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The American Poetry ReviewThe American Poetry Review

The American Poetry Review January/February 2018

The American Poetry Review reaches a worldwide audience six times a year with the finest contemporary poetry, columns, interviews, photos, translations, and reviews. Every issue includes new voices, established masters, and exciting new translations.

Country:
United States
Language:
English
Publisher:
World Poetry, Inc
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6 Issues

IN THIS ISSUE

access_time6 min.
eight poems

And OneLook at the homie,even when in a ganghe came home to crack Nietzsche, BeyondGood and Evil, Willto Power. Believing everybody dies at twenty-four,not seeing a future in pump-faking, even then.You ever try to read philosophy high?Gone to the hole and hoped for the foul,wished only to finish.After rolling joints in two Zig-Zags,after an hour of starching pants,he transferred trollies and buses.He’s going places.Look at homie, trying to fix himself. Thinks,out of repetition comes variation.It takes a lot of effortto looklike you’re not trying.It should be an air ballto go to collegeat twenty-one, the father of two, justto play basketball. Whenmost folks say they want to change the worldthey mean their own.And Twoextra shots. Look at homie. Out pokesa neck tattoo. Winter couldn’t possiblyfollow fall’s fallals.Deck the halls. The oldest…

access_time2 min.
two sonnets

For one thing, it’s on the air, you can hear musicFor one thing, it’s on the air, you can hear music,its sweet trance stretching between shelter andwreckage. In some region of the humanform an echo draws to a lilting end,but in another everything is prenote,pre-noise, pre-nerve, even the soundwe make before we make a sound, like theway we hear before we learn to listen:when we are more animal than human,more hunch and urge. Our primitive antennaexpanding. Bodies alive with omnivorousbrightness, skin creating its own sparked songthat is part wave, part field fire. Part voice,vein, and sky scorch. Part echo. But all yours.Note: Title/first line by Kenneth FieldsWe tunnel through your noonday out to youWe tunnel through your noonday out to you.The world shivers with flashing wings and rain.The body’s acidic…

access_time3 min.
three poems

Self-biography as a girl with no mouthLet me be pure/let me be holelessThe safest girls are those who stay quietSaints would stitch their lips shut with black wireI always said that one day I would be holyI always said that one day I would be a swanMute and nothing but tar and lovely feathersWe used to mix vinegar with salt waterGargle it to look for cuts inside our throatsI used to swab my own throat until I choked on the cottonOnce I coughed for so long my lungs fell outOnce I forgot how to speakOnce I became all stoneOnce I was something not girlOnce I was a birdSelf-portrait as a wound, a bird skull & a stoneThe cats still in the dark outside your house,at the beach we let the…

access_time16 min.
writing from the uncanny valley

IN TERMS OF GENRE, UNBEARABLE SPLENDOR by Sun Yung Shin is hard to pin down. It includes astute academic discourse examining Antigone through the lens of Donna Haraway’s theoretical text “A Cyborg Manifesto.” But it also breaks into lyric moments (“I am like one hundred electric eels. Our skin is an extravagant tongue, tasting everything…”) or scatters lines across the page. One piece unapologetically announces itself as “a story.” Writing for the Los Angeles Review of Books, Kathleen Rooney calls Unbearable Splendor “a strange and captivating hybrid.”Born in South Korea and raised by adoptive parents in Chicago, Shin uses the shifting form of Unbearable Splendor to explore riffs in identity. She writes, “Abandoned and then re-en-familied, re-kinned, an adoptee is many things, including, I would posit, both a form of…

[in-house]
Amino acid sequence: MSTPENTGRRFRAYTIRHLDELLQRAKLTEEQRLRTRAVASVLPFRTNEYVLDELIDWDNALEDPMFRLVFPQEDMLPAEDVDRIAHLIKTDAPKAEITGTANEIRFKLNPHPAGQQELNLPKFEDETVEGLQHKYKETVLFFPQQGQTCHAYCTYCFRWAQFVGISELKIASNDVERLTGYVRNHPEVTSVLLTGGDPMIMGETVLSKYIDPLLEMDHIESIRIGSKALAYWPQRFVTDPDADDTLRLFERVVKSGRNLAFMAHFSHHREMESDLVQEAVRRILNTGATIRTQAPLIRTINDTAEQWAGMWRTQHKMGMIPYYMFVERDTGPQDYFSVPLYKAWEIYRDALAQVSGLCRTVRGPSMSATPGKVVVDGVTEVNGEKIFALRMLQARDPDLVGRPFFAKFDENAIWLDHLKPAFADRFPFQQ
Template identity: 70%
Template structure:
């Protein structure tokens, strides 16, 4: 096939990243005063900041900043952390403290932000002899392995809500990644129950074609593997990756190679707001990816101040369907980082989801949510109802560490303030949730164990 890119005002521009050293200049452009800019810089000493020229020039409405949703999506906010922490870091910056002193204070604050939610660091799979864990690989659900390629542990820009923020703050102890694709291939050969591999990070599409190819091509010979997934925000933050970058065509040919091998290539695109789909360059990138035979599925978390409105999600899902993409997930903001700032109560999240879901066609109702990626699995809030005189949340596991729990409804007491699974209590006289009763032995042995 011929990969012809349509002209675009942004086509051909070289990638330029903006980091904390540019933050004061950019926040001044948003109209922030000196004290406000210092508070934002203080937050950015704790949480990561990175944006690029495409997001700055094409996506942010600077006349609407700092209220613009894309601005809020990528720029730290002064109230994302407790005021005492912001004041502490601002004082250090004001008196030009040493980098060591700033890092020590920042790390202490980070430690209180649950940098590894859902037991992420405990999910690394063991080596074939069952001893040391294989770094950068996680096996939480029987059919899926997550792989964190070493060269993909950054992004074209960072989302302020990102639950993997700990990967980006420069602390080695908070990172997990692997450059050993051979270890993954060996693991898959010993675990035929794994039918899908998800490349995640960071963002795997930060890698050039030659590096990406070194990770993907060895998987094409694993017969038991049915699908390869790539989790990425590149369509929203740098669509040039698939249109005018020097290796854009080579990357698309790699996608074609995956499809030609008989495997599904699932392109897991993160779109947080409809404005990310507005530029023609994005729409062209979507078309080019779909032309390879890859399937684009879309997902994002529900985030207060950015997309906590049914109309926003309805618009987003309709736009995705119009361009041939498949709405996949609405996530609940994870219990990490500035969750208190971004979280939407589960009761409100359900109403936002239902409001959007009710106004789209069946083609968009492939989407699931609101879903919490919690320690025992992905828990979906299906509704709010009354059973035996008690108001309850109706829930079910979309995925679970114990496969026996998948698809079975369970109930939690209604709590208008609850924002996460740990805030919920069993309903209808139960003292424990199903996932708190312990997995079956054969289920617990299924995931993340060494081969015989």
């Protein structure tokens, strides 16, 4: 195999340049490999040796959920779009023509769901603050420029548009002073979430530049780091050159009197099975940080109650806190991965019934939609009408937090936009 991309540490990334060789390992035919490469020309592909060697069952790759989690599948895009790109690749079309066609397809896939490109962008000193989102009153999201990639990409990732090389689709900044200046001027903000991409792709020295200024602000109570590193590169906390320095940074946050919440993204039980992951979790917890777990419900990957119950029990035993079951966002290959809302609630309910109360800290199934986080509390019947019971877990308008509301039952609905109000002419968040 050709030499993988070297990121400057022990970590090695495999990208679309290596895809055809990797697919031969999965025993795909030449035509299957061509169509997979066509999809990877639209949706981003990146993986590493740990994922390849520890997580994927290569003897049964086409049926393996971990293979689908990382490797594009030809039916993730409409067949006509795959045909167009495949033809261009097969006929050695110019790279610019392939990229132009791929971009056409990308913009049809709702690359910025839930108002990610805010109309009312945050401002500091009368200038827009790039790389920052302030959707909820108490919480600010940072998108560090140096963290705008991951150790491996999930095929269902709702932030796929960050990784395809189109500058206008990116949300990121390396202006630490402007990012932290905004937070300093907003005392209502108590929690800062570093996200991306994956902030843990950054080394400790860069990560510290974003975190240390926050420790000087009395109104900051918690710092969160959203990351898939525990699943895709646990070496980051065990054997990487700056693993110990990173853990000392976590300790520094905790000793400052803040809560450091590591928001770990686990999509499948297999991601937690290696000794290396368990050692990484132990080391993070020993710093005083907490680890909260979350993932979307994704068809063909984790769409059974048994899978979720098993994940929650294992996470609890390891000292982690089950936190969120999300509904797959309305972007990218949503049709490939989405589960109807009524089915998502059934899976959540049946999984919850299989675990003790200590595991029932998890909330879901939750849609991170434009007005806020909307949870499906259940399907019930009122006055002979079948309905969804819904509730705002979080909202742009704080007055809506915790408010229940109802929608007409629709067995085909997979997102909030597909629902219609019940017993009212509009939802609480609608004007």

access_time2 min.
two poems

Changing the SubjectIn the kitchen, with the kids finally asleep,and news of another shootingin the space between us,you confess you think deathmight feel like giving birth, the bodyinsistent, having its way.You say you’d never been so at the mercyof yourself as you were on that bed,in that cloud-thin gown, and just the knowingit was coming: ruthlesstransformation.I have no good responseto ruthless transformation, and so it hangs therebeside a bowl of old tortilla chipsand black-bean salsawe’ve decided will be dinner. It lingerswhile a reporter frames chaosas developments; her shoulders rinsed in darknessand revolving red lights. I wantto kiss you. Build asylum inside you.Let our bodies changethe subject, the channelto cartoons. Before night pulls awaydown the flickering interstate,I want one ruined thing utterly redeemed: a deathtollrescinded, a swastika removed,my uncle’s melanoma caught…

access_time9 min.
the undressing

Listen,she says.I’m listening, I answerand kiss her chin.Obviously, you’re not, she says.I kiss her nose and both of her eyes.I can do more than one thing at a time,I tell her. Trust me.I kiss her cheeks.You’ve heard of planting lotuses in a fire, she says.You’ve heard of sifting gold from sand.You knowperfumed flesh, in anklets, and spirit, unadorned,take turns at lead and follow,one in action and repose.I kiss her neck and behind her ear.But there are things you need reminded of, she says.So remind me, Love, I say.There are stories we tell ourselves, she says.There are stories we tell others.Then there’s the sumof our hoursdeath will render legible.I unfasten the top button of her blouseand nibble her throat with more kisses.Go on, I say, I’m listening.You better be, she says,You’ll…

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